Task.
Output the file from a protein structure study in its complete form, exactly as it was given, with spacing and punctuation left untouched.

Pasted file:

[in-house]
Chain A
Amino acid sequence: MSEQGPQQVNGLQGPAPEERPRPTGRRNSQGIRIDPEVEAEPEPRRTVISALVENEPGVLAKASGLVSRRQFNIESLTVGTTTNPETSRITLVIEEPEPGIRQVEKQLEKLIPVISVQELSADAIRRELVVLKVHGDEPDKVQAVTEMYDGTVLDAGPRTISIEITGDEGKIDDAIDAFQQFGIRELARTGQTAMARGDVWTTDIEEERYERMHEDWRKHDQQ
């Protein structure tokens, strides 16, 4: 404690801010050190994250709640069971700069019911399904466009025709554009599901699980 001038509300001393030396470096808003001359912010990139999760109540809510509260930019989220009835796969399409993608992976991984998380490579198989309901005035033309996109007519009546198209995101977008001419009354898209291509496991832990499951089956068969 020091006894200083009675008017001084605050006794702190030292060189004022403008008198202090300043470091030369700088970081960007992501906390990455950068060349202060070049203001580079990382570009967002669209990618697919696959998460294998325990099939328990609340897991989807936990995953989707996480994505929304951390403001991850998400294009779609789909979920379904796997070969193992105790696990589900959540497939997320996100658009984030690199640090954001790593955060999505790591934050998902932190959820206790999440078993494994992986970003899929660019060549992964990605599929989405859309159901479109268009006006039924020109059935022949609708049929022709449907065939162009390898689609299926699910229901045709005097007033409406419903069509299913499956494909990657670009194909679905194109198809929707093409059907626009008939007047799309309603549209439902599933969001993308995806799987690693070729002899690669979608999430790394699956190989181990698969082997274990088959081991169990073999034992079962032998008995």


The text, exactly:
[in-house]
Chain A
Amino acid sequence: MSEQGPQQVNGLQGPAPEERPRPTGRRNSQGIRIDPEVEAEPEPRRTVISALVENEPGVLAKASGLVSRRQFNIESLTVGTTTNPETSRITLVIEEPEPGIRQVEKQLEKLIPVISVQELSADAIRRELVVLKVHGDEPDKVQAVTEMYDGTVLDAGPRTISIEITGDEGKIDDAIDAFQQFGIRELARTGQTAMARGDVWTTDIEEERYERMHEDWRKHDQQ
């Protein structure tokens, strides 16, 4: 404690801010050190994250709640069971700069019911399904466009025709554009599901699980 001038509300001393030396470096808003001359912010990139999760109540809510509260930019989220009835796969399409993608992976991984998380490579198989309901005035033309996109007519009546198209995101977008001419009354898209291509496991832990499951089956068969 020091006894200083009675008017001084605050006794702190030292060189004022403008008198202090300043470091030369700088970081960007992501906390990455950068060349202060070049203001580079990382570009967002669209990618697919696959998460294998325990099939328990609340897991989807936990995953989707996480994505929304951390403001991850998400294009779609789909979920379904796997070969193992105790696990589900959540497939997320996100658009984030690199640090954001790593955060999505790591934050998902932190959820206790999440078993494994992986970003899929660019060549992964990605599929989405859309159901479109268009006006039924020109059935022949609708049929022709449907065939162009390898689609299926699910229901045709005097007033409406419903069509299913499956494909990657670009194909679905194109198809929707093409059907626009008939007047799309309603549209439902599933969001993308995806799987690693070729002899690669979608999430790394699956190989181990698969082997274990088959081991169990073999034992079962032998008995």